What they said!
Probably like most people, I find that the opinions that I like the best are the ones that most accurately reflect my own. Here's an excerpt from today's WSWS on the stolen election of 2004:
To prove charges of a stolen election in 2004, however, requires more than combining references to 2000 with allegations of undetectable computer manipulation or vote-tampering. There must be a serious and independent investigation of the entire vote. The WSWS will report on whatever findings emerge from ongoing efforts in that direction. But to this point, we find the claims that the election has been stolen unpersuasive. At best, a case can be made that Bush actually lost Ohio—the vote tally there will not be even be finalized until December 6—leaving him an Electoral College loser but a winner of the popular vote, with a majority of over three million. Under those conditions, to declare that John Kerry should rightfully be installed in the White House would be a political travesty.For some of my previous rants along these lines, look here and here and here and here and here and here and here and here and here.
In our view, those who seek to center their political assessment of the 2004 elections on charges of fraud are clutching at straws. We have no reason to question the sincerity of their opposition to the Bush administration. But they are shying away from the bitter truth: a majority of those Americans who voted in the November 2 election cast ballots for George W. Bush. This included tens of millions of working people. The task of opponents of Bush’s policies of imperialist war and reaction is to conduct a serious political autopsy of this event, which represents, above all, a colossal political failure of the Democratic Party.
Bush won reelection, not because of a charismatic personality or mass support for his party and program, but because the so-called opposition party essentially defaulted. The Democratic Party campaign offered nothing that would rouse the masses of working people against the Bush administration. Kerry, married to a billionaire heiress, declared himself a capitalist and boasted of his opposition to wealth redistribution. His “jobs” program consisted of a few tax breaks to American corporations, and even this was to be subordinated to the preeminent Democratic Party demand: balancing the federal budget.
On the most critical issue in the election campaign, Kerry backed the continued US occupation of Iraq and criticized Bush more from the right—not sending enough troops, backing off from the initial assault on Fallujah last April—than from the left. Far from waging an intransigent struggle against a bankrupt and criminal administration, Kerry even banned most criticism of Bush at the Democratic National Convention which formally nominated him.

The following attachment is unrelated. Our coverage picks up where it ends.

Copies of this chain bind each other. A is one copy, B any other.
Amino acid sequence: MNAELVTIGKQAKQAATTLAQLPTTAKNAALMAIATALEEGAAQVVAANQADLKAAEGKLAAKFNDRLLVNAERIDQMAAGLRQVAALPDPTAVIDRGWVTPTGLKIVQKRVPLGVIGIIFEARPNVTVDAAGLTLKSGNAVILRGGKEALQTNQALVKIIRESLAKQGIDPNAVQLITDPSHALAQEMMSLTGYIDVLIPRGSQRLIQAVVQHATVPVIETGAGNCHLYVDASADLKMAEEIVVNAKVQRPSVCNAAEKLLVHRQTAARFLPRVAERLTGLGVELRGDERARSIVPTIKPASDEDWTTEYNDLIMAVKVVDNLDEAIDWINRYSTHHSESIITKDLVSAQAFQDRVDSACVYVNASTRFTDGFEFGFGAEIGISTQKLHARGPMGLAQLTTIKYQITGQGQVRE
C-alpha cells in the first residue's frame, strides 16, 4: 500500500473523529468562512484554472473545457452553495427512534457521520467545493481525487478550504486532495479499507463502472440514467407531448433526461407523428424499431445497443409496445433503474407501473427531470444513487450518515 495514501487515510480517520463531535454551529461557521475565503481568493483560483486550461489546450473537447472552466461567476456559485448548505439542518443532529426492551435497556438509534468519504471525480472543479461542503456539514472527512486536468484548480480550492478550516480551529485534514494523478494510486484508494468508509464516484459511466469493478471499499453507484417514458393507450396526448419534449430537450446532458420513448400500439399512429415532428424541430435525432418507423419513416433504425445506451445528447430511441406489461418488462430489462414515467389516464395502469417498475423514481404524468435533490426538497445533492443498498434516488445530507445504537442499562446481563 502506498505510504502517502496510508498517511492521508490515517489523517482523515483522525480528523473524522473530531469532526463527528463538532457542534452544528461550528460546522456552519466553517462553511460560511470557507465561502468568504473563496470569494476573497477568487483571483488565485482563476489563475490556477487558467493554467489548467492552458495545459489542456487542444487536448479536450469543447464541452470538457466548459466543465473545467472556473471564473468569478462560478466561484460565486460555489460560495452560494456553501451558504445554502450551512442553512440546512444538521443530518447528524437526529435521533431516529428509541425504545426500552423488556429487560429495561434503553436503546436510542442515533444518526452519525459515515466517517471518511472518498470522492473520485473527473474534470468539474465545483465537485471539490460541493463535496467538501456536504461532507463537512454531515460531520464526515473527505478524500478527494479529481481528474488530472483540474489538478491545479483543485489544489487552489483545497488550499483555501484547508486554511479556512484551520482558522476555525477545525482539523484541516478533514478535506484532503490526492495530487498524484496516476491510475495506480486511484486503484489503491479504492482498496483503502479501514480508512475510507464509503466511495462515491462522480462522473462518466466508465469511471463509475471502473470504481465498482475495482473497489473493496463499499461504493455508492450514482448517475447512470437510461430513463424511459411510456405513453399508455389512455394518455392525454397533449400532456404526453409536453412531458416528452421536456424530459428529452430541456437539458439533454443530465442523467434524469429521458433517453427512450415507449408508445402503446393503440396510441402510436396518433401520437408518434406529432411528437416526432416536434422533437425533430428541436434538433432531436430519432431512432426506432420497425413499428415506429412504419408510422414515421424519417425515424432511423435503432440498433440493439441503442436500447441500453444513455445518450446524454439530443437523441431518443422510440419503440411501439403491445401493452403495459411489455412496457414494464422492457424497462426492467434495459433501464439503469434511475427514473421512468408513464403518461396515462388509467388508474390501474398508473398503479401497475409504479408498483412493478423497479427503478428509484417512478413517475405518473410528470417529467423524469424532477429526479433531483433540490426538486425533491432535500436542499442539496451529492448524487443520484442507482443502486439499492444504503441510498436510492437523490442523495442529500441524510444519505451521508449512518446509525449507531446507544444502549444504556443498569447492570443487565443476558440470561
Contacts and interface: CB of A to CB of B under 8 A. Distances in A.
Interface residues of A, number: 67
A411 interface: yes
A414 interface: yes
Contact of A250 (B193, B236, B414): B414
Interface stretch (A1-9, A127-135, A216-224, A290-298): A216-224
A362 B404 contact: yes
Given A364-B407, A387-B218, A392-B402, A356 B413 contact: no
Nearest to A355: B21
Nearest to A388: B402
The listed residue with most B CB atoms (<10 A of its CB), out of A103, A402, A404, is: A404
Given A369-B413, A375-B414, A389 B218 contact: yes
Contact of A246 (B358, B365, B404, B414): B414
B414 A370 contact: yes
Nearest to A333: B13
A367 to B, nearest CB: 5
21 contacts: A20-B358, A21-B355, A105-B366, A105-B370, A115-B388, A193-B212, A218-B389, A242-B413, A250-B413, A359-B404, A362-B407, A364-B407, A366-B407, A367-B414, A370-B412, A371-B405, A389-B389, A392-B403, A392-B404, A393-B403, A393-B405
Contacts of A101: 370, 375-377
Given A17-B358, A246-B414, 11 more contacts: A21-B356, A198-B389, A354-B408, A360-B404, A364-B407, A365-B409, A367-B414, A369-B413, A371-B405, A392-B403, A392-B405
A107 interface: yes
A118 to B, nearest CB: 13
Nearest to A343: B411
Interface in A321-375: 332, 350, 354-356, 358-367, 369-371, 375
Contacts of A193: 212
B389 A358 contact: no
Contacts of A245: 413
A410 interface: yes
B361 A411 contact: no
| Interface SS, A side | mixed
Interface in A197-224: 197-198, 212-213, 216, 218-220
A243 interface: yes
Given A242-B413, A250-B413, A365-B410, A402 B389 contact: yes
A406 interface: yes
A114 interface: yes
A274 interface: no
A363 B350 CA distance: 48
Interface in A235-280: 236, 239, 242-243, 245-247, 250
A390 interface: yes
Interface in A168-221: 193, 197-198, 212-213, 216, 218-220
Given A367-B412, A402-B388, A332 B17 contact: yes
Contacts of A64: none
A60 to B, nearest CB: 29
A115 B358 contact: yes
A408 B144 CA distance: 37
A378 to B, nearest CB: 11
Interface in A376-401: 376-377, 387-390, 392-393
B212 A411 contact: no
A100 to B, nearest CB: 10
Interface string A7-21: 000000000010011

In the course of December 2003 and January 2004, the Democratic Party establishment, backed by the media, moved swiftly to derail the Dean campaign and shift the nomination to Kerry, viewed as the safest alternative among the candidates then trailing Dean in the polls. After Kerry’s victories in Iowa and New Hampshire, he became the frontrunner. From that point on, he dropped any flirtation with an antiwar posture—briefly adopted to combat Dean—and reverted to the position he had taken in the runup to the invasion, in which he backed the Bush administration’s drive to war while calling for more efforts to win international support. In other words, Kerry supported the crime, but sought additional accomplices to ensure success.
Those who focus exclusively on the events of November 2 lose sight of the far more important political fact: the presidential election was manipulated by the US ruling elite, not merely on Election Day, but throughout the whole period leading up to it.
Kerry was installed as the Democratic nominee for one principal purpose: to insure that the legitimacy of the Iraq war would not become an issue in the presidential election. This proved largely successful. Kerry tried his best to avoid any discussion of the war, only turning to the question in mid-September, when the Democratic campaign faced a collapse in the polls which would have utterly discredited both the party and the entire electoral process.
The Democratic and Republican parties are not merely collections of like-minded individuals or associations of politicians seeking public office. They are, in a real, practical and not merely rhetorical sense, institutions which serve as instruments of the American ruling class. This class, which comprises less than one percent of the American population, exercises an effective political monopoly.